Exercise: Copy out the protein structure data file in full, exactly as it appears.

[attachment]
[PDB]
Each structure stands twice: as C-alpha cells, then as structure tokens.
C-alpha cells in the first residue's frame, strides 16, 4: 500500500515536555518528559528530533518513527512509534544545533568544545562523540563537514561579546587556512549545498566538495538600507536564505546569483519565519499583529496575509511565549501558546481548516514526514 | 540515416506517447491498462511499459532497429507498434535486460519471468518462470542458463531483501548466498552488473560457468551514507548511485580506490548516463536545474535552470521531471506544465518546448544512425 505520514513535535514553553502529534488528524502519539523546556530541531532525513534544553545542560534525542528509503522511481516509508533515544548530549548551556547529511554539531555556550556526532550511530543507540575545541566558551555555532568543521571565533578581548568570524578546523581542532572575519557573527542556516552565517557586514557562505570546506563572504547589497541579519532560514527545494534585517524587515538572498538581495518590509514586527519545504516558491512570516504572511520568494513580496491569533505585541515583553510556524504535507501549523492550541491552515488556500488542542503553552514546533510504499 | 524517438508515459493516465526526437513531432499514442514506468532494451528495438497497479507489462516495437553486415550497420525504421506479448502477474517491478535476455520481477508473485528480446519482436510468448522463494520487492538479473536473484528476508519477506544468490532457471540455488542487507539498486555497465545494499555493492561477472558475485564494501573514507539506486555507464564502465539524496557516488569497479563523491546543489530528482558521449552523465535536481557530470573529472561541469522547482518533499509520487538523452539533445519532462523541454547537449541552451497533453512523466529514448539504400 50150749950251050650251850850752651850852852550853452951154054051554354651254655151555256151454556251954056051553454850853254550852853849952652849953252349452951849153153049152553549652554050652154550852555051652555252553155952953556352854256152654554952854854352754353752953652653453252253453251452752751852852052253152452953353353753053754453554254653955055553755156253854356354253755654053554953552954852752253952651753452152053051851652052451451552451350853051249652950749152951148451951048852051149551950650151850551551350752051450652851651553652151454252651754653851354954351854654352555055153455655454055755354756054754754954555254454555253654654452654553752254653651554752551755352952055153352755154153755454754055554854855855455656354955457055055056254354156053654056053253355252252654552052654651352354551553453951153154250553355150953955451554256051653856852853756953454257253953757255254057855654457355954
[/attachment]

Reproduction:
[PDB]
Each structure stands twice: as C-alpha cells, then as structure tokens.
C-alpha cells in the first residue's frame, strides 16, 4: 500500500515536555518528559528530533518513527512509534544545533568544545562523540563537514561579546587556512549545498566538495538600507536564505546569483519565519499583529496575509511565549501558546481548516514526514 | 540515416506517447491498462511499459532497429507498434535486460519471468518462470542458463531483501548466498552488473560457468551514507548511485580506490548516463536545474535552470521531471506544465518546448544512425 505520514513535535514553553502529534488528524502519539523546556530541531532525513534544553545542560534525542528509503522511481516509508533515544548530549548551556547529511554539531555556550556526532550511530543507540575545541566558551555555532568543521571565533578581548568570524578546523581542532572575519557573527542556516552565517557586514557562505570546506563572504547589497541579519532560514527545494534585517524587515538572498538581495518590509514586527519545504516558491512570516504572511520568494513580496491569533505585541515583553510556524504535507501549523492550541491552515488556500488542542503553552514546533510504499 | 524517438508515459493516465526526437513531432499514442514506468532494451528495438497497479507489462516495437553486415550497420525504421506479448502477474517491478535476455520481477508473485528480446519482436510468448522463494520487492538479473536473484528476508519477506544468490532457471540455488542487507539498486555497465545494499555493492561477472558475485564494501573514507539506486555507464564502465539524496557516488569497479563523491546543489530528482558521449552523465535536481557530470573529472561541469522547482518533499509520487538523452539533445519532462523541454547537449541552451497533453512523466529514448539504400 50150749950251050650251850850752651850852852550853452951154054051554354651254655151555256151454556251954056051553454850853254550852853849952652849953252349452951849153153049152553549652554050652154550852555051652555252553155952953556352854256152654554952854854352754353752953652653453252253453251452752751852852052253152452953353353753053754453554254653955055553755156253854356354253755654053554953552954852752253952651753452152053051851652052451451552451350853051249652950749152951148451951048852051149551950650151850551551350752051450652851651553652151454252651754653851354954351854654352555055153455655454055755354756054754754954555254454555253654654452654553752254653651554752551755352952055153352755154153755454754055554854855855455656354955457055055056254354156053654056053253355252252654552052654651352354551553453951153154250553355150953955451554256051653856852853756953454257253953757255254057855654457355954